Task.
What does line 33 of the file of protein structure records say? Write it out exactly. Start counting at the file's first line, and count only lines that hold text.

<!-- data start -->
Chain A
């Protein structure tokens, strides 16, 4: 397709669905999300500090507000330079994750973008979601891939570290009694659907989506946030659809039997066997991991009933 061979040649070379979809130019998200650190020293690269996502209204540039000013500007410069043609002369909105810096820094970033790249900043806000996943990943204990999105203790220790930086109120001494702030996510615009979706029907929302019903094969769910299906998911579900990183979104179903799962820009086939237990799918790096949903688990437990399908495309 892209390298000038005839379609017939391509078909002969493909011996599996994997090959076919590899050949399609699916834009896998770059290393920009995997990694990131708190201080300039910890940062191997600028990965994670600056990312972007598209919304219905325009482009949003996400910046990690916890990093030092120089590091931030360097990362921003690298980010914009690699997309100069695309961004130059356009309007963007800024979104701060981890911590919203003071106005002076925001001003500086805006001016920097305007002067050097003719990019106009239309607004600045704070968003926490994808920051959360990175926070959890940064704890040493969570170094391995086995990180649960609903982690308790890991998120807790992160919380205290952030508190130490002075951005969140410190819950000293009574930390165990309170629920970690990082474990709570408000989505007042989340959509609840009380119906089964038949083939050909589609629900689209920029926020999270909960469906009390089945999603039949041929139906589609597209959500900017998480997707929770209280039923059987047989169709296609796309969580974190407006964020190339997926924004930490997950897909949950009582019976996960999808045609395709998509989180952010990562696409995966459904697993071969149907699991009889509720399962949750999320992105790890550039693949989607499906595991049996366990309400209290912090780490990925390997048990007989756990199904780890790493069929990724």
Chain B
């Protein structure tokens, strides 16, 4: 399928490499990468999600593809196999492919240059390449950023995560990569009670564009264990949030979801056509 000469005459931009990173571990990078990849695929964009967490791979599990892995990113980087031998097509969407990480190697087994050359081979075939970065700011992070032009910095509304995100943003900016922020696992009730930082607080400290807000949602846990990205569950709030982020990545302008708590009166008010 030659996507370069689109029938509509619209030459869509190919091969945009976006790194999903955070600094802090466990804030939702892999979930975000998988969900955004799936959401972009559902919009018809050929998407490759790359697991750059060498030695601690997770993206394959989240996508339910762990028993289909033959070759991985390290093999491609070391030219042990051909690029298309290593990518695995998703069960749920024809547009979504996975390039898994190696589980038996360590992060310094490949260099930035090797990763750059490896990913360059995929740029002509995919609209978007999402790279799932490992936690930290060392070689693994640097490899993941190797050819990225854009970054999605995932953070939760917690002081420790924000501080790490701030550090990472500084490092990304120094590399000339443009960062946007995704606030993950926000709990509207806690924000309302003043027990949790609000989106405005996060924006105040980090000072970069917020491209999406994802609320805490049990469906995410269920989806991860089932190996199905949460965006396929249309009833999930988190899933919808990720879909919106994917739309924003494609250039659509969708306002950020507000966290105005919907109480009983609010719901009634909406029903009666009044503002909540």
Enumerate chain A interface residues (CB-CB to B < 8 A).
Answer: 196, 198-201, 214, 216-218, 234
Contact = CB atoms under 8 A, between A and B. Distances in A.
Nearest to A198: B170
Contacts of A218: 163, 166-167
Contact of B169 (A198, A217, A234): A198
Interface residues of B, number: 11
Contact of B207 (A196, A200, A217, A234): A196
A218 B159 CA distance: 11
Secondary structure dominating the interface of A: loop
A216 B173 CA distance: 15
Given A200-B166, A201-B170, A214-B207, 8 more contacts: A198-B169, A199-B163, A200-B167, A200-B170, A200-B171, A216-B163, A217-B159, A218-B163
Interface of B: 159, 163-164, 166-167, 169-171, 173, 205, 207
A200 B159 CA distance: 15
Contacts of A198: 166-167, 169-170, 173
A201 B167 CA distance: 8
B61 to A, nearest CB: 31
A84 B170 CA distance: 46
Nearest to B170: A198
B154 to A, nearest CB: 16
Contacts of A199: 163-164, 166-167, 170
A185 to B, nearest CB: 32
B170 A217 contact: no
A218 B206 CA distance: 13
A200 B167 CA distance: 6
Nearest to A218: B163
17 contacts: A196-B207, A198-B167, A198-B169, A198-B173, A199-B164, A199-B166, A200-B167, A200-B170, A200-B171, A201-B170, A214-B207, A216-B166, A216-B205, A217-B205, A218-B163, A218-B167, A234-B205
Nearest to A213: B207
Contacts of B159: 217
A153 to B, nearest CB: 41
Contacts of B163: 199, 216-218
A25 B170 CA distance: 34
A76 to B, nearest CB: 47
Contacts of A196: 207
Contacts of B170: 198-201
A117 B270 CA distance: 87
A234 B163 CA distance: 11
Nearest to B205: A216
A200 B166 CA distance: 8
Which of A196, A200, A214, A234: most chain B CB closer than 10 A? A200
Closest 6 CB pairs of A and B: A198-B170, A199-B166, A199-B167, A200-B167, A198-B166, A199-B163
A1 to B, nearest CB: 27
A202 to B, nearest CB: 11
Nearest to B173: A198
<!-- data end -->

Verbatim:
Contacts of B159: 217